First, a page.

TiVo, Xperi tout scale benefits of proposed all-stock combo

TiVo's ultimate plan to separate its products business and its licensing/intellectual property business has been put on temporary hold after the company struck an all-stock deal to merge with Xperi and form a company with a combined enterprise value of about $3 billion.

Prior to today's deal, TiVo had set a deadline to split itself into two separately operated companies by April 2020. That general idea remains intact, as Xperi and TiVo plan eventually to separate those businesses further down the road, when the technologies and products of both TiVo and Xperi have been integrated. They didn't predict when that anticipated split might happen, but TiVo and Xperi expect to close their merger in Q2 2020.

"The industrial logic behind separating the businesses still holds," Dave Shull, TiVo's CEO, said Thursday during a call to discuss the transaction, noting that the benefits of splitting out the products and licencing/IP businesses remains, but the benefits will apply to a company that's about twice the size that TiVo and Xperi are on their own.

"The trade-off here is scale," Shull added. "Scale trumps the short-term delays we might see in this process."

"We both believe that scale is critical," added Jon Kirchner, CEO of Xperi, which makes and sells various audio, imaging and wireless products and technologies under brands such as DTS, HD Radio and IMAX. "We think we're better together."

Source: Xperi and TiVo
Source: Xperi and TiVo

Xperi and TiVo also believe the combination will drive scale into their respective products businesses, which includes a mix of software, hardware and silicon that crosses into several markets, including home audio and pay-TV, smart TVs and smartphones, high-end imaging, video streaming, advanced advertising, content search and discovery and automotive entertainment.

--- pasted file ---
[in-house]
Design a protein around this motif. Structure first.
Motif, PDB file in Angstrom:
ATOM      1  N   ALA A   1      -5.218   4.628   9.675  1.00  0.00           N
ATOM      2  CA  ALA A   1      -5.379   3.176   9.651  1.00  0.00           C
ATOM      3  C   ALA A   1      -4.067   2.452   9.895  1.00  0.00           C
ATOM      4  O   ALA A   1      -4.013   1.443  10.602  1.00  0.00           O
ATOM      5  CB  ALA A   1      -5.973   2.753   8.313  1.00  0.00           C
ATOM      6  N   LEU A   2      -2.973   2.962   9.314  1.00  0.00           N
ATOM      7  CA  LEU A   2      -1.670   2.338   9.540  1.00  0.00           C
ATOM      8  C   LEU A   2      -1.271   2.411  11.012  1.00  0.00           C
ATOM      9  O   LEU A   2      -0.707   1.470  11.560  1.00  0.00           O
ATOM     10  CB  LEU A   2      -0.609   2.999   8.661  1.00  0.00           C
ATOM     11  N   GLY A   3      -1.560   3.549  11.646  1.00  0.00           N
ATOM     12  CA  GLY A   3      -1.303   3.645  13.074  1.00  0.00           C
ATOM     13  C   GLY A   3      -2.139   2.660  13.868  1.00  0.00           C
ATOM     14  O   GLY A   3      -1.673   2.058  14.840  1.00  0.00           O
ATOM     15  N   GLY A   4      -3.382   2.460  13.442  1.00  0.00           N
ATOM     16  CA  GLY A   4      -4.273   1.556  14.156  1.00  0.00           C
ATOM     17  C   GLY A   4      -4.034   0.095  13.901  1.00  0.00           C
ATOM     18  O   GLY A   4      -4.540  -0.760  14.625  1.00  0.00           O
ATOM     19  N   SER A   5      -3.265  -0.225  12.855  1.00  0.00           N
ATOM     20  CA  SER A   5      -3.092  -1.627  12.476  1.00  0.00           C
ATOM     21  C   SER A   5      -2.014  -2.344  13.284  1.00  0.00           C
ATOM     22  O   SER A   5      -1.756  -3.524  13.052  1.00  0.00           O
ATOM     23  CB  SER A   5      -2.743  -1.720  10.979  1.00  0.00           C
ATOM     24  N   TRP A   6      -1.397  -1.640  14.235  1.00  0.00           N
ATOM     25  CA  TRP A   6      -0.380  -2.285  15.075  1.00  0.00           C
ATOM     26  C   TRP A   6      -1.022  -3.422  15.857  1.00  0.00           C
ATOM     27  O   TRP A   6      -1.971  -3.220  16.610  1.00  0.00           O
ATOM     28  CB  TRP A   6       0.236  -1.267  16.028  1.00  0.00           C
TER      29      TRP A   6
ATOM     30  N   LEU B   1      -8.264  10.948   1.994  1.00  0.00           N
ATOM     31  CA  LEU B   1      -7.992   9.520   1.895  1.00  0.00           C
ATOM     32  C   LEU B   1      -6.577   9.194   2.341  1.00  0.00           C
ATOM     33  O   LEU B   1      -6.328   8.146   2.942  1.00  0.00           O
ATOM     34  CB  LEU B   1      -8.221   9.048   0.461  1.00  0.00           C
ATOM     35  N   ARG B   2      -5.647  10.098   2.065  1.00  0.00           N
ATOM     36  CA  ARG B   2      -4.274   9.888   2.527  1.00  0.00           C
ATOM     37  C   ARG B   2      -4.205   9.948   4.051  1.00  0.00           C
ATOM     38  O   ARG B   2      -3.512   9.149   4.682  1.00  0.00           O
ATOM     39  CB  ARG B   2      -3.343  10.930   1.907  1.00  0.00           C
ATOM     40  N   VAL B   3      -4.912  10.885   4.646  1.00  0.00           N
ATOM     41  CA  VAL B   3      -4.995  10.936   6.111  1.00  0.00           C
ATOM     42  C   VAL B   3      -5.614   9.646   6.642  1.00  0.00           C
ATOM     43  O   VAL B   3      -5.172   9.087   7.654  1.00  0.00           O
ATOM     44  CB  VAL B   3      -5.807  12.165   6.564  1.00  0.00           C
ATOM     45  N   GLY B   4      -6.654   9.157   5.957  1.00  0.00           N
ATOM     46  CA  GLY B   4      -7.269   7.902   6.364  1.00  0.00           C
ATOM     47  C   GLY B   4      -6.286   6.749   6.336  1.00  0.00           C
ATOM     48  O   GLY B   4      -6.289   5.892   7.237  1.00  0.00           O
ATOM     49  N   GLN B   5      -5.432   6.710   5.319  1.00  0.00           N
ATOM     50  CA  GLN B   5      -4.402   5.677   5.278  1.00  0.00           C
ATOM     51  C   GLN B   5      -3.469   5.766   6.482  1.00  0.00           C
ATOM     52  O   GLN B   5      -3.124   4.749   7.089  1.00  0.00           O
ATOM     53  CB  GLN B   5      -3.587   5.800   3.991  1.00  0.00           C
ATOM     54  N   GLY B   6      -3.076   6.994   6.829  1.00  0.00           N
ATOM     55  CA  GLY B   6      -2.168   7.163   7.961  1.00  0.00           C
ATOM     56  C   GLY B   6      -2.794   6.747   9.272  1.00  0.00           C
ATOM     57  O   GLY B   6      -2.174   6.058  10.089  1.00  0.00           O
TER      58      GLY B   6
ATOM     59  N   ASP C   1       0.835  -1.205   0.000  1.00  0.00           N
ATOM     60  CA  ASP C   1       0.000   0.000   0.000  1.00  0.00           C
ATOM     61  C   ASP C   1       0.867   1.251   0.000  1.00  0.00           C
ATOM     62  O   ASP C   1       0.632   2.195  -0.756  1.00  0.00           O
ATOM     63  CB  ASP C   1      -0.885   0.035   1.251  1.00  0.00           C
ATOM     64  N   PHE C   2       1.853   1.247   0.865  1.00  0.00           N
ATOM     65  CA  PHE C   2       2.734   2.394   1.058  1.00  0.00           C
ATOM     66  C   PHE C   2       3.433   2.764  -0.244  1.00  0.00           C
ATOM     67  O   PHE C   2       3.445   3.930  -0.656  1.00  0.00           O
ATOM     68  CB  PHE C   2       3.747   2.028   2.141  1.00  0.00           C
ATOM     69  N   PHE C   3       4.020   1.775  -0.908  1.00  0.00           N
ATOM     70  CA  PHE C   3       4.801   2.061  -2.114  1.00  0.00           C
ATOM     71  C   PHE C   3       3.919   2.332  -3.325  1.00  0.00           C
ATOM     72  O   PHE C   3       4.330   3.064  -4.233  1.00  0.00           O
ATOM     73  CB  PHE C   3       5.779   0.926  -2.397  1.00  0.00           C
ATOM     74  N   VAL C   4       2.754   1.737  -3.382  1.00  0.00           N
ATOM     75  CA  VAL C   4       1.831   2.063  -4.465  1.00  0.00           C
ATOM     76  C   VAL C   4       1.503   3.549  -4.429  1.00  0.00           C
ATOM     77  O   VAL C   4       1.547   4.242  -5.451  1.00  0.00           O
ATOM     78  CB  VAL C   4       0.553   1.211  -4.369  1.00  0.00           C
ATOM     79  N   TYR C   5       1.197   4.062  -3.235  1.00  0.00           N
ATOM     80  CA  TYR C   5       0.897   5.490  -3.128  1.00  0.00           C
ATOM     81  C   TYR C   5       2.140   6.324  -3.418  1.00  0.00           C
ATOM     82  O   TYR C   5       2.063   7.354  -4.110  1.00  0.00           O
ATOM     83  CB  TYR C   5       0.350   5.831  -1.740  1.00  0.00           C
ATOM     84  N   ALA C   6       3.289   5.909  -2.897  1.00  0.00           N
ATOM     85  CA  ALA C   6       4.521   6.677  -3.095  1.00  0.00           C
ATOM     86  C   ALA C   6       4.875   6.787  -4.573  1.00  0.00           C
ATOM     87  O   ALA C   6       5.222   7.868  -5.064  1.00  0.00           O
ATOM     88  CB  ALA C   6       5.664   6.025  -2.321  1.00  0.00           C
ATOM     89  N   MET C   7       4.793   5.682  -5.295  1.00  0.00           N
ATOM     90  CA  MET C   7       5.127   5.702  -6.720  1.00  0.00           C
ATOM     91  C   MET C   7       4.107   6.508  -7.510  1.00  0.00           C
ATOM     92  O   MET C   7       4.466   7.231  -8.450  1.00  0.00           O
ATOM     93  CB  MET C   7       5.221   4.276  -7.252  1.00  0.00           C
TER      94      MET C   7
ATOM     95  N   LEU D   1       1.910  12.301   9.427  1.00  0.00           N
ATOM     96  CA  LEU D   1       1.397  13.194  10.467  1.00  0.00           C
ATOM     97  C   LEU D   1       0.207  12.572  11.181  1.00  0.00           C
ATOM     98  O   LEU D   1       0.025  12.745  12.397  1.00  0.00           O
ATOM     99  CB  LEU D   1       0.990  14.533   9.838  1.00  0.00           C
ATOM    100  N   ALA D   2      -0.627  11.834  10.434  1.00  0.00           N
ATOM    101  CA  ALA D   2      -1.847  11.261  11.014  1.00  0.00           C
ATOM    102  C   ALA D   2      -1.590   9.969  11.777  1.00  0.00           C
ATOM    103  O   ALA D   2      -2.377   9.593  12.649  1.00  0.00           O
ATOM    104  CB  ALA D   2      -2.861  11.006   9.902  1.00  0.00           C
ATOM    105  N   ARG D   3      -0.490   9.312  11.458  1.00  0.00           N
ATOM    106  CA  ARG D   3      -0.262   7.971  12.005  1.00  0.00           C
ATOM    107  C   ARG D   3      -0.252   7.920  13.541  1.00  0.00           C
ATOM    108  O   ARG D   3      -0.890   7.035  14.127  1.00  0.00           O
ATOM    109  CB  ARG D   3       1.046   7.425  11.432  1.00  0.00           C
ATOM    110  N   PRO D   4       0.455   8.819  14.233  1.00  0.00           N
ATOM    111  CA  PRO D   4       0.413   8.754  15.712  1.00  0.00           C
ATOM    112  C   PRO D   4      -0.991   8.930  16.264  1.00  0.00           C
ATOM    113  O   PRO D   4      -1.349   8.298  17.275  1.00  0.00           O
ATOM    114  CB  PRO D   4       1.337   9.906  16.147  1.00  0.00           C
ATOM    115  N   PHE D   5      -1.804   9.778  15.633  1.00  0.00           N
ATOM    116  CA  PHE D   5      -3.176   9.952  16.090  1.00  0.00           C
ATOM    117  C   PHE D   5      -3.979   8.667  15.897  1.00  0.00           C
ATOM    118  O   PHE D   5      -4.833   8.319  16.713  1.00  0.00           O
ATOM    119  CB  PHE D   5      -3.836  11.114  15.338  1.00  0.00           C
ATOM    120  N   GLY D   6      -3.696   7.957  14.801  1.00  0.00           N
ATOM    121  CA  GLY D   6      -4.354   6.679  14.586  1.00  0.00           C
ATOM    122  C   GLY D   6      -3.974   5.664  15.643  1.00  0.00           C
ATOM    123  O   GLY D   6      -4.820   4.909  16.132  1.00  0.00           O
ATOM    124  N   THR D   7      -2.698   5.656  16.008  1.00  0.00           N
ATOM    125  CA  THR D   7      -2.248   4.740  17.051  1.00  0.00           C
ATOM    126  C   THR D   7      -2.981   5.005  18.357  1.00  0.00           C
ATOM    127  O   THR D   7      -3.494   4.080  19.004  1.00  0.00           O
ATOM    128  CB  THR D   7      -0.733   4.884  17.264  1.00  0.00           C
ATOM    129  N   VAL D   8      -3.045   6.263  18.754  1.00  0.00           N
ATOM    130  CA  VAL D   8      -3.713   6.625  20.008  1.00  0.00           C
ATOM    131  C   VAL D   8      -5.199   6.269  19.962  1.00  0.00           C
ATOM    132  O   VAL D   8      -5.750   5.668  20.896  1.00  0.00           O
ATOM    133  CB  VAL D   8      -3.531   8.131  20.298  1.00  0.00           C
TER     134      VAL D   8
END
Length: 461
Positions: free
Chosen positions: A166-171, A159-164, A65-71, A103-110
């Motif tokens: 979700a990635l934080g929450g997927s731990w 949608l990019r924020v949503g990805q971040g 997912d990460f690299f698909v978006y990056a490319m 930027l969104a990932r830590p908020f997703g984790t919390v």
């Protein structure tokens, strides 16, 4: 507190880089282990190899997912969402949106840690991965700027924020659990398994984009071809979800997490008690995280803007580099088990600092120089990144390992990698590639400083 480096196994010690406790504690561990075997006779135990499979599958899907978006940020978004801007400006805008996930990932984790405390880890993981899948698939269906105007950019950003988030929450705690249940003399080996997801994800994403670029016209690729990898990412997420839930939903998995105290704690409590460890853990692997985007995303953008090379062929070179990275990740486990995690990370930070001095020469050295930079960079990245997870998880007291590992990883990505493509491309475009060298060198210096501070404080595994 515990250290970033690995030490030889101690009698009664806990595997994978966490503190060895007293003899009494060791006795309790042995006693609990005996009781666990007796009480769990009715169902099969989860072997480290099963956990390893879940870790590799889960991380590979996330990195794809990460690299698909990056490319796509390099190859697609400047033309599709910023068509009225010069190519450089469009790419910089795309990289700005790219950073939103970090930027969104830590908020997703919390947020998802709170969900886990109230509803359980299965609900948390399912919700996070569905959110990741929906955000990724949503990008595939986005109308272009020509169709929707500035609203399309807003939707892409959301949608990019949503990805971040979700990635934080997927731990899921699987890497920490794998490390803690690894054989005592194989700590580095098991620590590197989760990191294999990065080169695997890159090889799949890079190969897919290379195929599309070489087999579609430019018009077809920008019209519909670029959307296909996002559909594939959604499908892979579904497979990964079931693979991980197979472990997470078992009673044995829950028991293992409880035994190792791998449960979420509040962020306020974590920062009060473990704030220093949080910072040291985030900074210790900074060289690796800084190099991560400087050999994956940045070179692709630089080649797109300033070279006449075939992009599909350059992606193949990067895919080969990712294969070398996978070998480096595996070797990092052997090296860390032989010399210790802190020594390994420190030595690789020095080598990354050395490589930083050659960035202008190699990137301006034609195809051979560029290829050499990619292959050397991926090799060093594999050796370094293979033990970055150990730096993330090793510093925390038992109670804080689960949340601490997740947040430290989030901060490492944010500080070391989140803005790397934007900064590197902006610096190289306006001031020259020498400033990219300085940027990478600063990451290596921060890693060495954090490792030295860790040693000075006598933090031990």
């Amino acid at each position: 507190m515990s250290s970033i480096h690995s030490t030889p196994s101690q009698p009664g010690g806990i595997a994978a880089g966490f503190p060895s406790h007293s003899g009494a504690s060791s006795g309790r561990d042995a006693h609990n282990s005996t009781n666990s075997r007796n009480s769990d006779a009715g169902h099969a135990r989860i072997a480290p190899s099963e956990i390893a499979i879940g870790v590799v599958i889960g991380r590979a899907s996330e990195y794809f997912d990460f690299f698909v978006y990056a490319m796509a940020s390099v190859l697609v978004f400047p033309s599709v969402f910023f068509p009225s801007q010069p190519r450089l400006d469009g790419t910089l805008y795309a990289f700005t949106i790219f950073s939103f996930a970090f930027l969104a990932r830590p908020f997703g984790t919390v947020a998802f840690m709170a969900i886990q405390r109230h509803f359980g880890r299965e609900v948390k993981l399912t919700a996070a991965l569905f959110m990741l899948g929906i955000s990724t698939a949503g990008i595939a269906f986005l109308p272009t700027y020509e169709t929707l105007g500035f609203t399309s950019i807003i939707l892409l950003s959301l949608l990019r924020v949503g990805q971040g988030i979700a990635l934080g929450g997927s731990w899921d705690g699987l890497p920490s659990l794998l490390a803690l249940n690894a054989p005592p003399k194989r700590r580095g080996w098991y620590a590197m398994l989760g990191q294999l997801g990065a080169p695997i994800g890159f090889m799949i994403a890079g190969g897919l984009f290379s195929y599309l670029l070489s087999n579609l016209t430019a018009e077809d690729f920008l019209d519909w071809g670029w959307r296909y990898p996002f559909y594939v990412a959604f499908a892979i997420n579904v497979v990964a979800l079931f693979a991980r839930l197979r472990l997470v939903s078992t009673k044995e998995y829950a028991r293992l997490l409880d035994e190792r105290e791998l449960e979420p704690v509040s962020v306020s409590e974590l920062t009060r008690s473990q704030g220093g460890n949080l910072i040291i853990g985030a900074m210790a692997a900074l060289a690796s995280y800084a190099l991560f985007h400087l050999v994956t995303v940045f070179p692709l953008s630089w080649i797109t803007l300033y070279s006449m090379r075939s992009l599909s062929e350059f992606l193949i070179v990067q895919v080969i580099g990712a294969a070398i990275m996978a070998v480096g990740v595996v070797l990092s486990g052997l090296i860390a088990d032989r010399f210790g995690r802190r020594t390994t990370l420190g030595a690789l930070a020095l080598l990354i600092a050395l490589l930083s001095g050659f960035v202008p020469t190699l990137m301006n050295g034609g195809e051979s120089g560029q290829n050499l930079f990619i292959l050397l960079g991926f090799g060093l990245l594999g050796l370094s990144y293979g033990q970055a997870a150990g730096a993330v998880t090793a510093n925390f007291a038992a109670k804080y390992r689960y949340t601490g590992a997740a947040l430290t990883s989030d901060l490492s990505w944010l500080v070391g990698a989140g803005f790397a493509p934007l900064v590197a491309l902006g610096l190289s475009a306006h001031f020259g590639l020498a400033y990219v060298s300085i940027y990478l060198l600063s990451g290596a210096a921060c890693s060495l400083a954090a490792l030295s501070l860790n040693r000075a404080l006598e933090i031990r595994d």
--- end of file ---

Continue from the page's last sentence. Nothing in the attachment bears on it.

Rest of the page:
The companies likewise expect TiVo's user experience and search and personalization technology, once fully integrated, to be poised to expand into some new markets and platforms where Xperi has a strong presence, particularly in the smart TV and automotive sectors.

Xperi's technology, for example, is already present in about 100 million connected TVs, and the company sees opportunities for TiVo's software to become an integral part of that mix. Xperi also has reach into the automotive entertainment market with radio, and believes TiVo's technology can help it broaden its influence in that segment as car makers seek out solutions that can deliver more advanced entertainment capabilities, including content discovery and playback to connected, semi-autonomous and autonomous vehicles.

A broader aim is to create commonality across those disparate home, mobile and automotive platforms amid the fragmented video and audio streaming landscape and "help consumers cut through the entertainment chaos," Shull said.

On the intellectual property end, the combined Xperi/TiVo will have more than 10,000 patents spanning areas such as consumer electronics, pay-TV, new media and the semiconductor market.

One persistent hangover on TiVo's IP/licensing business is its ongoing litigation with Comcast. That situation has no end in sight as both sides have refused to budge.

Kirchner downplayed the Comcast issue, believing that TiVo's patent portfolio is solid despite some recent wins and losses in TiVo's battle with the nation's largest cable operator.

"We kicked the tires and did a ton of work on this question," Kirchner said, noting that it's Xperi's desire to resolve such issues outside of litigation. "We are very comfortable that the IP portfolio itself and the long-term prospects are positive."

More deal details
At close, Xperi shareholders will own 46.5% of the combined business, and TiVo shareholders will own the remaining 53.5%. Each company's debt will be refinanced on a combined basis. TiVo and Xperi have also secured $1.1 billion in committed financing from Bank of America and Royal Bank of Canada.

The combined company, to be based in San Jose, Calif., will use the Xperi name, with TiVo remaining as a sub-brand under the Xperi umbrella. Kirchner will stay as CEO of the combined company. Shull will lead TiVo through the closing of the deal and stay on as a strategic advisor. Xperi and TiVo will each appoint three board directors; the chairman of the board will be selected by the independent directors of the board.

The combined company had $1.09 billion in TiVo revenues and Xperi "billings" and more than $250 million in operating cash flow on a pro forma basis for the 12 months ended September 30, 2019. TiVo and Xperi expect to achieve at least $50 million of synergies by the end of 2021 via the integrations of their combined businesses.

TiVo shares were up 57 cents (7.22%) to $8.46 each in Thursday morning trading. Xperi shares were down $2.21 (10.55%) to $18.73.

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— Jeff Baumgartner, Senior Editor, Light Reading

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